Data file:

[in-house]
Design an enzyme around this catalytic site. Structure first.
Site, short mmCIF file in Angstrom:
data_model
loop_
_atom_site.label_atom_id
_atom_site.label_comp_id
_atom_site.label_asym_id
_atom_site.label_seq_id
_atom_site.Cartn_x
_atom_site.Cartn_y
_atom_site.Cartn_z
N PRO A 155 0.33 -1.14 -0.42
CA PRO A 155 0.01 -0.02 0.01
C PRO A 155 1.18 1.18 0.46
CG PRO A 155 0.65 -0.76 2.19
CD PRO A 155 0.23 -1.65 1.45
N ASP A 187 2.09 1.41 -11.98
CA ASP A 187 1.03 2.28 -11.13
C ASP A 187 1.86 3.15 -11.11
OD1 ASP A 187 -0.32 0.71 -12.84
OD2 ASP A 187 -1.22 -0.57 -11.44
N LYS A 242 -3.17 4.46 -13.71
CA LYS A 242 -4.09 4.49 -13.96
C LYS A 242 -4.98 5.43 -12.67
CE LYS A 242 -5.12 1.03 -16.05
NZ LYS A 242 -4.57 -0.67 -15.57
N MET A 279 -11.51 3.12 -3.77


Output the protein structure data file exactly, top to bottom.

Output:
[in-house]
Design an enzyme around this catalytic site. Structure first.
Site, short mmCIF file in Angstrom:
data_model
loop_
_atom_site.label_atom_id
_atom_site.label_comp_id
_atom_site.label_asym_id
_atom_site.label_seq_id
_atom_site.Cartn_x
_atom_site.Cartn_y
_atom_site.Cartn_z
N PRO A 155 0.33 -1.14 -0.42
CA PRO A 155 0.01 -0.02 0.01
C PRO A 155 1.18 1.18 0.46
CG PRO A 155 0.65 -0.76 2.19
CD PRO A 155 0.23 -1.65 1.45
N ASP A 187 2.09 1.41 -11.98
CA ASP A 187 1.03 2.28 -11.13
C ASP A 187 1.86 3.15 -11.11
OD1 ASP A 187 -0.32 0.71 -12.84
OD2 ASP A 187 -1.22 -0.57 -11.44
N LYS A 242 -3.17 4.46 -13.71
CA LYS A 242 -4.09 4.49 -13.96
C LYS A 242 -4.98 5.43 -12.67
CE LYS A 242 -5.12 1.03 -16.05
NZ LYS A 242 -4.57 -0.67 -15.57
N MET A 279 -11.51 3.12 -3.77